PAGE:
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Archive Notice - OSHA Archive

NOTICE: This is an OSHA Archive Document, and may no longer represent OSHA Policy. It is presented here as historical content, for research and review purposes only.


September 11, 1991

C. John Hodgson, M.D.
Medical Director
Paul, Minnesota 55144-1000

Dear Dr. Hodgson:

Thank you for your letter of August 14, regarding the recording of hearing loss on the OSHA 200 Log. We appreciate the presentation of your professional opinion and value your offer to participate in the Occupational Safety and Health Administration's (OSHA) proposed rulemaking activities.

We are forwarding a copy of your letter to Mr. Stephen Newell, Director, Office of Statistics. Mr. Newell will be coordinating the agency's activities regarding any proposed changes to the current recordkeeping guidelines.

Again, thank you for your comments and interest in safety and health issues.

Sincerely,



Patricia K. Clark, Director
Directorate of Compliance Programs



August 14, 1991

Patricia Clark, Director
Directorate of Compliance Programs
U.S. Department of Labor
Occupational Safety and Health Administration
Washington, DC 20210

RE: Recording of Hearing Loss on the OSHA 200 Log

Dear Ms. Clark:

As occupational medical professionals in a corporation with an extensive hearing conservation program encompassing more than 12,000 employees, we are concerned about the recent memorandum directed to OSHA Regional Administrators regarding the recording of hearing loss on the OSHA 200 Log. In our opinion this memorandum neither enhances nor improves the safety and health of the work force, but rather compromises the effectiveness of 29 CFR 1910.95 and will have an adverse effect on industrial workers who are exposed to excessive noise levels in the workplace.

As a consequence, we strongly encourage you to revise your position in this area and adopt the position expressed to Secretary Scannell in a letter dated July 15, 1991 from a coalition consisting of: the American Speech-Language-Hearing Association; the National Hearing Conservation Association; the American College of Occupational Medicine; the Council for Accreditation in Occupational Hearing Conservation; and, the American Academy of Otolaryngology - Head and Neck surgery. 3M fully endorses the views expressed in this document and attaches a copy thereof to this letter. In essence, this organizational coalition suggests that the recordability recommendations made by the American Industrial Hygiene Association, which utilize a confirmed work-related average threshold shift of 10 dB at 2000, 3000 and 4000 Hz, be adopted.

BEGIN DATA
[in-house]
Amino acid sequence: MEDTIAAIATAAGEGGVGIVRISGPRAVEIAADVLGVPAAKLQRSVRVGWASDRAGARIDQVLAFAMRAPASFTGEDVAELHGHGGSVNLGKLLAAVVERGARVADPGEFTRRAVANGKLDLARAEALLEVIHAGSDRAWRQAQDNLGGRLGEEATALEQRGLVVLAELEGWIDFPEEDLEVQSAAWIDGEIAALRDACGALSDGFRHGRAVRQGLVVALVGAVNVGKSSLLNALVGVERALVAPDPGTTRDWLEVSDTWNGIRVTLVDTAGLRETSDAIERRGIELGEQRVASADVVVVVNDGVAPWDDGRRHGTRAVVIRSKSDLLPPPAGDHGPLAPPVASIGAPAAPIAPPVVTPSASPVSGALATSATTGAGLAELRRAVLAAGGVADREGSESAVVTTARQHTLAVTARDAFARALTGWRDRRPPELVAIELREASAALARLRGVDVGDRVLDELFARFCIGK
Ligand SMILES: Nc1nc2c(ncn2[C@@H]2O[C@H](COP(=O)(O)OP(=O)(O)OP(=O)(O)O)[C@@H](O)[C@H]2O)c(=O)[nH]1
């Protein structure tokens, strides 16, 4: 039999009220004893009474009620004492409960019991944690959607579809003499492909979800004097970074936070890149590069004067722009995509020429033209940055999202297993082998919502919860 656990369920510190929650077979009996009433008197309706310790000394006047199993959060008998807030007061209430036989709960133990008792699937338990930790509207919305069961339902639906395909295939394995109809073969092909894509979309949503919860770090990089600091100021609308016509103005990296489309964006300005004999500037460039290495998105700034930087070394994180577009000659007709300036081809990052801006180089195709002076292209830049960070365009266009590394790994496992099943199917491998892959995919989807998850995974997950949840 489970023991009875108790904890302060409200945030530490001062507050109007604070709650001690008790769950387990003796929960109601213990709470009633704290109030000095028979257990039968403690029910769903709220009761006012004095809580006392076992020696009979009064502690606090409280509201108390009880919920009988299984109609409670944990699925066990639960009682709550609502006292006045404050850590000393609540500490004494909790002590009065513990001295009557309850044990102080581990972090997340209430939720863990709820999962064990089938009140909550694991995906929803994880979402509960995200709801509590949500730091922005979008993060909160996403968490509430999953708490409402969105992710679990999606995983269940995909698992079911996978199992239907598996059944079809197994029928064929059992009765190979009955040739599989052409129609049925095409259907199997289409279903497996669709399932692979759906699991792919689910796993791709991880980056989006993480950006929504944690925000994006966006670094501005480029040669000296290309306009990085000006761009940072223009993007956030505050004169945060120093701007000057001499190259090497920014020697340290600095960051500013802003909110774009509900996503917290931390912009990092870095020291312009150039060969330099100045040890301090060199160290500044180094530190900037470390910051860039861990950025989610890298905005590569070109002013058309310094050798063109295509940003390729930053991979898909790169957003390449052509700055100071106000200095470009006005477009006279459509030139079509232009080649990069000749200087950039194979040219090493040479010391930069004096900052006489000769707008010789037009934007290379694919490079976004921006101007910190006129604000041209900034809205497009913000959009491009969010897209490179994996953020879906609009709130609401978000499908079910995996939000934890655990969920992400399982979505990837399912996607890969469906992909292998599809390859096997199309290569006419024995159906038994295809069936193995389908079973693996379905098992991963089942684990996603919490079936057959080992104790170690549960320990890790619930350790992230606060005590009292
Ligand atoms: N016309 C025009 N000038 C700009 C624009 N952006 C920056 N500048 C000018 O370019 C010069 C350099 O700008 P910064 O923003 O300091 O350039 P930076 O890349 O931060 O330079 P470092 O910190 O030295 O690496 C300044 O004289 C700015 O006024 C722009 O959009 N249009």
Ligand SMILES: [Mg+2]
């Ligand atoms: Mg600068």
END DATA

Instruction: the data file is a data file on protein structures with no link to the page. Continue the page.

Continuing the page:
If it is determined that formal rulemaking be undertaken on this issue, please be advised that 3M would welcome the opportunity to be an active participant and contributor in assisting your office in achieving an effective and feasible final rule.

In the interim, we urge your immediate attention to this matter and invite you to contact us for any further information.

Very truly yours,



C. John Hodgson, M.D.
Medical Director

Rena H. Glaser, M.A., CCC-A Manager, Hearing Conservation



Archive Notice - OSHA Archive

NOTICE: This is an OSHA Archive Document, and may no longer represent OSHA Policy. It is presented here as historical content, for research and review purposes only.


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